No timeframe yet for approval of Delimara gas plant’s environmental permit

Final permit to be awarded after public meeting and 30-day public consultation, but Environment and Resources Authority has set no date for approval of project

The power station consists of a massive Floating Storage Unit anchored off Delimara
The power station consists of a massive Floating Storage Unit anchored off Delimara

The Environment and Resources Authority is processing the Integrated Prevention and Pollution Control (IPPC) permit for the operation of the new ElectroGas power station at Delimara, but is not yet in a position to set a timeframe for its approval.

The power station consists of a massive Floating Storage Unit anchored off Delimara, linked to an onshore regasification plant which will operate on liquefied natural gas, considered as a cleaner alternative to heavy fuel oil.

The IPPC will require the presentation of technical documents addressing safety issues.

A spokesperson for ERA confirmed that “the IPPC permit shall be in place prior to commencement of operations” and the authority shall be taking a final decision at a meeting held in public, following the conclusion of the public consultation and a period of discussion with the operators on the permit conditions.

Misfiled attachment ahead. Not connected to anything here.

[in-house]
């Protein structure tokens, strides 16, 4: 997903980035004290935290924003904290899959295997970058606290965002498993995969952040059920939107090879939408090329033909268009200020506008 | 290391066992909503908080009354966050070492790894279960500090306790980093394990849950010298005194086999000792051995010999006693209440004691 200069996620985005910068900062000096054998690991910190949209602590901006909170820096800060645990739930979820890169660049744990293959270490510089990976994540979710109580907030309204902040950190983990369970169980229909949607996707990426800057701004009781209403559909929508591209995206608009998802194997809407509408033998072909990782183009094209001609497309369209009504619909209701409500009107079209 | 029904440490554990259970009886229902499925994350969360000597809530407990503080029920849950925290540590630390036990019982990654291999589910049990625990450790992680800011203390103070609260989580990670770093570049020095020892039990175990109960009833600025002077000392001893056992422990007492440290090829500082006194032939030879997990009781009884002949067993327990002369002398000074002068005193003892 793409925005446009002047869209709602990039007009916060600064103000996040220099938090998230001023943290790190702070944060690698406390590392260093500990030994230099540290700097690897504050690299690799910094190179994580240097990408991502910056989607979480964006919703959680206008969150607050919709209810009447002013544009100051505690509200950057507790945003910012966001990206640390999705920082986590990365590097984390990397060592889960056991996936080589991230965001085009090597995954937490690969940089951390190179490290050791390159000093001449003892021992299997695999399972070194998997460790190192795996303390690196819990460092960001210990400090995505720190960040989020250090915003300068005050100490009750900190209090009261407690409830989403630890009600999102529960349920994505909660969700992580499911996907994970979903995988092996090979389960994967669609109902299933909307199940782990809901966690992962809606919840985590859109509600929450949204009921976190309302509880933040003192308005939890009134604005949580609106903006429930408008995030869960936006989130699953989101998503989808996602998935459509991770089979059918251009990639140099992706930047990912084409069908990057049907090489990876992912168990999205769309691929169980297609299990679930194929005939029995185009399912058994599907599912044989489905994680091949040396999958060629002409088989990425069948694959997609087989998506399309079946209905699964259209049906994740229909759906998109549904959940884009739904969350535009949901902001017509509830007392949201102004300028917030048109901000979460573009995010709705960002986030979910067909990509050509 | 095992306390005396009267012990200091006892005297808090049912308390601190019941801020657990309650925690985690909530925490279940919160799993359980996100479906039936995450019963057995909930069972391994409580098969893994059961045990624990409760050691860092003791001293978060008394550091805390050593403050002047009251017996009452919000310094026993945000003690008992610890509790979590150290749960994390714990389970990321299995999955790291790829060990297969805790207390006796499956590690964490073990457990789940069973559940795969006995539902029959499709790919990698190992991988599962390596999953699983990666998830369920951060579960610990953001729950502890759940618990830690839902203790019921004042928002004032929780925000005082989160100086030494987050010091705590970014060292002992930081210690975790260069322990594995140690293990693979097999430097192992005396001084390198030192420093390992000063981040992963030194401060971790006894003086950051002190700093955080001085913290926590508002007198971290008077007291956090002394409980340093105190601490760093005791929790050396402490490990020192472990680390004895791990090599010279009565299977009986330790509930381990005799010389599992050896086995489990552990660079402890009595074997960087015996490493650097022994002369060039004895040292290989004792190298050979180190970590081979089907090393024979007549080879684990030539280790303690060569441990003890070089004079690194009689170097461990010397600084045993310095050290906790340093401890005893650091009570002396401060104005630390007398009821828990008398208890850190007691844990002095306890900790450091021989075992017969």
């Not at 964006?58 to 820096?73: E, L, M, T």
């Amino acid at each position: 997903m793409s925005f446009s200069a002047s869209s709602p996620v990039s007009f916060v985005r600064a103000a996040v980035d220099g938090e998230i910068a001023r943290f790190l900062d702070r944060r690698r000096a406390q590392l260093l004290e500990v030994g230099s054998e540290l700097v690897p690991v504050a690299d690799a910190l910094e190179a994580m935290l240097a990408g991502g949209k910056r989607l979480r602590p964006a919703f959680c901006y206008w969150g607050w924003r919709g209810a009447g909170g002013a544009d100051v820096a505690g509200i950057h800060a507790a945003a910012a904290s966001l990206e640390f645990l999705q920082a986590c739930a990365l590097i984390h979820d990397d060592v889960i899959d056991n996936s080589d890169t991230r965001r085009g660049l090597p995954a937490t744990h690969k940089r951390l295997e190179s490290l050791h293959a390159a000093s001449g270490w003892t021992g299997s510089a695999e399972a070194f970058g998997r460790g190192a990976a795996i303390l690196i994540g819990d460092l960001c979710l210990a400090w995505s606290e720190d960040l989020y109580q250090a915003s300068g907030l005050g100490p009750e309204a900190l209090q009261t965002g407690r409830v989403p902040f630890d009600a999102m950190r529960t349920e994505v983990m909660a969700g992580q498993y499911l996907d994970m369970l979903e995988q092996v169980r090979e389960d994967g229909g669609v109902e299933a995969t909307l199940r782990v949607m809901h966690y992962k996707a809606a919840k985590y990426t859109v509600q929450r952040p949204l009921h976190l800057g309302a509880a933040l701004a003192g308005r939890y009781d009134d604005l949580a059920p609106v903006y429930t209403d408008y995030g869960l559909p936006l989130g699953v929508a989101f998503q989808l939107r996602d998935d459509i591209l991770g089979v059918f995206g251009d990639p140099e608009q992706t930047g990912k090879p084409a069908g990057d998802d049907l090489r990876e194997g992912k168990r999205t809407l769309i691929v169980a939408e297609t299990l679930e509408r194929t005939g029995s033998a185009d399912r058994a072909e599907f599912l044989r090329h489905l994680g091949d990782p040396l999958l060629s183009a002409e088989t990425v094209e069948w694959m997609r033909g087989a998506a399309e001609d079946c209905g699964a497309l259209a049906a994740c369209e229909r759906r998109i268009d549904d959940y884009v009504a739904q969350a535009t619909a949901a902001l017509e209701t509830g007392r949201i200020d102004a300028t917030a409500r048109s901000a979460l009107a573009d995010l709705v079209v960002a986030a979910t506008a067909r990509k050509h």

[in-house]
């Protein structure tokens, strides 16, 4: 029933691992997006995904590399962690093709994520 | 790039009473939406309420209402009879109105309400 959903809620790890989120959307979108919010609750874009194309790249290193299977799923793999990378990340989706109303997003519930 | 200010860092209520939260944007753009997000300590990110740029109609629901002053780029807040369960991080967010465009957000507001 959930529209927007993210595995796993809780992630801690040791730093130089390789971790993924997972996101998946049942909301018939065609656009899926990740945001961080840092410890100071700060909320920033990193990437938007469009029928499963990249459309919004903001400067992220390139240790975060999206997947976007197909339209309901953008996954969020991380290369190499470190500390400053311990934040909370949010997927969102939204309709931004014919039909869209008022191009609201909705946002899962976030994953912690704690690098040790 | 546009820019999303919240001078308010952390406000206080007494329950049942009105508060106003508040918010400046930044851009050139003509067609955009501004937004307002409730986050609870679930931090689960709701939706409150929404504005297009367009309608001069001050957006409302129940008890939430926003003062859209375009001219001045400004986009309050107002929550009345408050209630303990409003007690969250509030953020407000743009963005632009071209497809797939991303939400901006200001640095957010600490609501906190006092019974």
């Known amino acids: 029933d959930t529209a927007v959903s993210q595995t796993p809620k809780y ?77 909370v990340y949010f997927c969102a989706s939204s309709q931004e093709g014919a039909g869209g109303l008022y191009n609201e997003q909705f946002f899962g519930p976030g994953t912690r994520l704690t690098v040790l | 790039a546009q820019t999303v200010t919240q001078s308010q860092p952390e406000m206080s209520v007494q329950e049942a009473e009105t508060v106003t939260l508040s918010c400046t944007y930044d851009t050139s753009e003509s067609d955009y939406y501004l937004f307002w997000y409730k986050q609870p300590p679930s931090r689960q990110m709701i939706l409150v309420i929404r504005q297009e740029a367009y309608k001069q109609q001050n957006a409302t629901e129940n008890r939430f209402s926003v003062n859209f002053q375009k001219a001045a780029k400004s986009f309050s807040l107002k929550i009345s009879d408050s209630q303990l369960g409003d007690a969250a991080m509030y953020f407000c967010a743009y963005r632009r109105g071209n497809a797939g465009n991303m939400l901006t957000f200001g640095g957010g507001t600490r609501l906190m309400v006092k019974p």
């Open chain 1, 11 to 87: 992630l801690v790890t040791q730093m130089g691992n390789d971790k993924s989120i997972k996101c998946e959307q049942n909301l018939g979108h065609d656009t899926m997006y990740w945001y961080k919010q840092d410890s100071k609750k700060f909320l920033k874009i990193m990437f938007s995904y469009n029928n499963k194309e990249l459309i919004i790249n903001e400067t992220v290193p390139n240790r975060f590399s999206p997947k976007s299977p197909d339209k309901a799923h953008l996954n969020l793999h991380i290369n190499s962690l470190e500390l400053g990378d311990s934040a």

The ERA spokesperson also confirmed that all the relevant documentation shall be made available for review and comments by the public and following which, ERA shall be taking account of submissions received, “thereby ensuring the accountability and transparency of this decision-making process and contributing to public awareness of environmental issues”.

But a spokesperson for the ERA did not reply to questions on when ERA will commence the 30-day public consultation period and when a final decision is expected to be taken.

In December 2014, when conceding that the new power plant would not be completed, as promised, by March 2015, then Energy Minister Konrad Mizzi had promised Parliament that it would be up and running by June 2016 at the latest. In May the government said that the power plant should be working “in the summer months”.

Installations like power stations and large chemical plants have to obtain an IPPC permit from the Planning Authority to be allowed to operate. The permitting process ensures that these plants make use of the “best available technology in their operations”. 

The IPPC assesses the whole environmental performance of the plant, including matters like emissions into the air, water and land, generation of waste, use of raw materials, energy efficiency, noise, prevention of accidents and risk management.

The processing of an IPPC permit requires the submission of a number of documents according to legislation in this field, primarily the European Union’s Industrial Emissions Directive.

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